Why might I want to consider getting a forensic exam?
- A forensic exam is done to document and collect evidence that may be on your body as a result of being assaulted. This evidence can be used as part of the investigation.
- You can choose to have evidence collected even if you are not sure that you want to report your assault to the police.
Do I have to report my assault to the police in order to get a forensic exam/evidence collection?
- No - it is up to you to decide whether or not to report to the police.
- You also have the option of reporting to the police without receiving medical care or having a forensic exam/evidence collection.
How much control will I have during a forensic exam?
- What is done is up to you. You do not need to complete any parts of the exam you are not comfortable with.
- The SANE will explain every step of the exam, and you can accept or decline any portion at any time. If you begin the exam and need to stop, that is ok.
What should I expect during the evidence collection process?
- The evidence collection process — or evidence “kit” — is a series of steps the MA SANE performs to collect evidence from areas of your body that were involved in your assault. This can include swabbing parts of your body with cotton swabs. If you have physical injuries, photographs may be an optional part of your evidence collection.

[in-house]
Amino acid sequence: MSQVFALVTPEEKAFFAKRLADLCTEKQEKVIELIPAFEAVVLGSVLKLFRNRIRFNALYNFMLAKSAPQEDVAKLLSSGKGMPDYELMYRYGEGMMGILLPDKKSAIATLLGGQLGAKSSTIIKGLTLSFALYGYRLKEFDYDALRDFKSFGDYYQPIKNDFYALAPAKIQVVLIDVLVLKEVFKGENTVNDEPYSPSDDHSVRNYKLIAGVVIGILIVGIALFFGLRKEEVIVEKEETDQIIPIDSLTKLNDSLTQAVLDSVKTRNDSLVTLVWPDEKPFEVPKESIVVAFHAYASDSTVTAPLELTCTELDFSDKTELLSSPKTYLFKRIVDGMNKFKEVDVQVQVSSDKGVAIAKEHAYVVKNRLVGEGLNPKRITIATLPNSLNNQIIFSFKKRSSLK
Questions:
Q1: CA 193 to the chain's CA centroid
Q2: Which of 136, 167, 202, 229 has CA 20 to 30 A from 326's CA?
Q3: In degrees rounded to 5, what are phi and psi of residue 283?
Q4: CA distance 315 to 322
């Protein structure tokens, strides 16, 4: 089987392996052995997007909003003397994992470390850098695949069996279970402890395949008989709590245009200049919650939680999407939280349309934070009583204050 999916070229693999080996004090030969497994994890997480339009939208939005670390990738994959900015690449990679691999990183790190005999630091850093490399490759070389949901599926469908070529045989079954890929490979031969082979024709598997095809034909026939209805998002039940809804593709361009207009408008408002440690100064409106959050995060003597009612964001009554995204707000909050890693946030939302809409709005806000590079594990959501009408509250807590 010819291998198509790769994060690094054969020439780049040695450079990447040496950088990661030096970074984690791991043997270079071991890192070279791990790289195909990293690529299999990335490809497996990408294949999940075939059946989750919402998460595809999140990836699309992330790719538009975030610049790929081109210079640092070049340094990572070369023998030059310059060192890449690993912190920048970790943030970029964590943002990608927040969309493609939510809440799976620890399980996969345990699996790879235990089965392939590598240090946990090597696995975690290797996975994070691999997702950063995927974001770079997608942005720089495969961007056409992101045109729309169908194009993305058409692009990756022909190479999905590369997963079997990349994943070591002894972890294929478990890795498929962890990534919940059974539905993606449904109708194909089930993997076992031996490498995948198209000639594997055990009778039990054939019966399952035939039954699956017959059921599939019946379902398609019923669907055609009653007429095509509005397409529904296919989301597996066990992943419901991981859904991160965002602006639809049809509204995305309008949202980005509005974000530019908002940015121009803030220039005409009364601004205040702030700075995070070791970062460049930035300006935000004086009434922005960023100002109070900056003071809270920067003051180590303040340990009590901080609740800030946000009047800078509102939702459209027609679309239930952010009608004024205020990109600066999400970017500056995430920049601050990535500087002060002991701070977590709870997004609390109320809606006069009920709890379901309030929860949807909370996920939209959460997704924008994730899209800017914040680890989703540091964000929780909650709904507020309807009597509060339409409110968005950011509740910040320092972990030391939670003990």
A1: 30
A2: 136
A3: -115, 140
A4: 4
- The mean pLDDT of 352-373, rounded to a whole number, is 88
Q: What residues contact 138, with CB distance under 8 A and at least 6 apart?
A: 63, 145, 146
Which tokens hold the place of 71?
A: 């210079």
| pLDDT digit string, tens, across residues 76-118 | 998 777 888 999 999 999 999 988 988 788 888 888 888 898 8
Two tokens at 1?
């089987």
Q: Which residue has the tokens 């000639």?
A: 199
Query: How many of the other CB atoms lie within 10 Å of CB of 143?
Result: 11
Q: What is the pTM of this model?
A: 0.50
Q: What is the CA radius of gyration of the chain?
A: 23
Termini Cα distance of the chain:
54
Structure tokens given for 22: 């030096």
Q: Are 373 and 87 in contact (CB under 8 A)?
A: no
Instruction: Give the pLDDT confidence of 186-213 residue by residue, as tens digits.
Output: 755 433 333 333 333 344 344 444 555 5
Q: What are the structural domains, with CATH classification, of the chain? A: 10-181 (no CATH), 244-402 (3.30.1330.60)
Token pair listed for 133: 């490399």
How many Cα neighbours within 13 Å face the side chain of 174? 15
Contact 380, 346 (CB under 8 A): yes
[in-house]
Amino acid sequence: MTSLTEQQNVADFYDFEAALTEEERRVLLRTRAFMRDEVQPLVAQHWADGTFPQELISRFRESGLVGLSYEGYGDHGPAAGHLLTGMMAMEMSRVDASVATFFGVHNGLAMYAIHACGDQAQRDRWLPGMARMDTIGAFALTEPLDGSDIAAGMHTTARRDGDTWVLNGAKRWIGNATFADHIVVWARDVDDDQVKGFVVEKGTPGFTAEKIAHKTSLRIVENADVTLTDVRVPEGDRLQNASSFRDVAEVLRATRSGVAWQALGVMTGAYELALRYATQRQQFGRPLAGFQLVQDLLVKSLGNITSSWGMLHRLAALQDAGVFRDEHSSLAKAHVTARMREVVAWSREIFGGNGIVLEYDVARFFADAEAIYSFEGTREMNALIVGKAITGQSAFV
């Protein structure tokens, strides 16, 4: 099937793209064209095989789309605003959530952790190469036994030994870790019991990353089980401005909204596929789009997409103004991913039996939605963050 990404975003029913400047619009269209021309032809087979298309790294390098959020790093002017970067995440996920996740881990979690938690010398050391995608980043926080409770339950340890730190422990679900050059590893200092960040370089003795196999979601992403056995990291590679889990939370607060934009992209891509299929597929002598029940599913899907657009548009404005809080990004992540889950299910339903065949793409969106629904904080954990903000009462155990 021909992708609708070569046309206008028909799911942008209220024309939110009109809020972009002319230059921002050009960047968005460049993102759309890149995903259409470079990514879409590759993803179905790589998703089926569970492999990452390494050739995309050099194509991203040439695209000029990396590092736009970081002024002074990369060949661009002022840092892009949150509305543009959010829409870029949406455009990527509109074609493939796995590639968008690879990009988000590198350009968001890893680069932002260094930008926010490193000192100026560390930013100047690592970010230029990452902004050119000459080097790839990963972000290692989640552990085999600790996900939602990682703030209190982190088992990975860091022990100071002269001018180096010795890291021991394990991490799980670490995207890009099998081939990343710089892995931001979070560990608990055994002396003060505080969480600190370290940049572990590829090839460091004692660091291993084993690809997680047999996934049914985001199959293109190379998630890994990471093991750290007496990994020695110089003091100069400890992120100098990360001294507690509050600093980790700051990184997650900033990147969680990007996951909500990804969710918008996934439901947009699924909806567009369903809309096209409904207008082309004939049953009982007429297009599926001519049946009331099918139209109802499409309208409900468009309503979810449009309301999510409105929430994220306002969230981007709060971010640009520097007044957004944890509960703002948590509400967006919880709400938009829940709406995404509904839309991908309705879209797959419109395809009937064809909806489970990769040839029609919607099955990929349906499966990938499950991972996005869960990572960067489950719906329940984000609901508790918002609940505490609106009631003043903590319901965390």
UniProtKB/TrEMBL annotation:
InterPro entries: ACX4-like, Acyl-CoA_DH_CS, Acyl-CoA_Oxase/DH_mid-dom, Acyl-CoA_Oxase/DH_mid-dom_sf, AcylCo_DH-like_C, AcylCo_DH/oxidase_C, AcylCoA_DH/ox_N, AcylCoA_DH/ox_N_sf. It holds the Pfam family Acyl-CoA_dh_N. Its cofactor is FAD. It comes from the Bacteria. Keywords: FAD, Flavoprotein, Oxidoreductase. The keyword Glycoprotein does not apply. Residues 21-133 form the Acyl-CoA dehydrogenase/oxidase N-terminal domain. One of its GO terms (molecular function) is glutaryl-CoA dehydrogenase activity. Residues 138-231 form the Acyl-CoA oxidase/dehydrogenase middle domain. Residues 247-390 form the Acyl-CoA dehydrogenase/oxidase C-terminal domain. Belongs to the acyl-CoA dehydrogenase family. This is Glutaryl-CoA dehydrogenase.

- You will be asked questions about the assault so that the SANE can decide which steps of the kit should be done.
- Your SANE and Rape Crisis Advocate will support you through the exam.
What happens to the evidence?
- If you decide to report your assault to the police, your evidence kit is transported to a Crime Laboratory, where it is analyzed.
- If you decide not to report your assault to the police, your evidence kit is transported to a secure location, but it will not be analyzed. It is stored for at least 15 years. If you later decide to report to the police, all of your evidence will be analyzed at that time.
- If you have an evidence kit completed, you will be given information to help you to track the location of your kit — whether or not you report your assault to the police.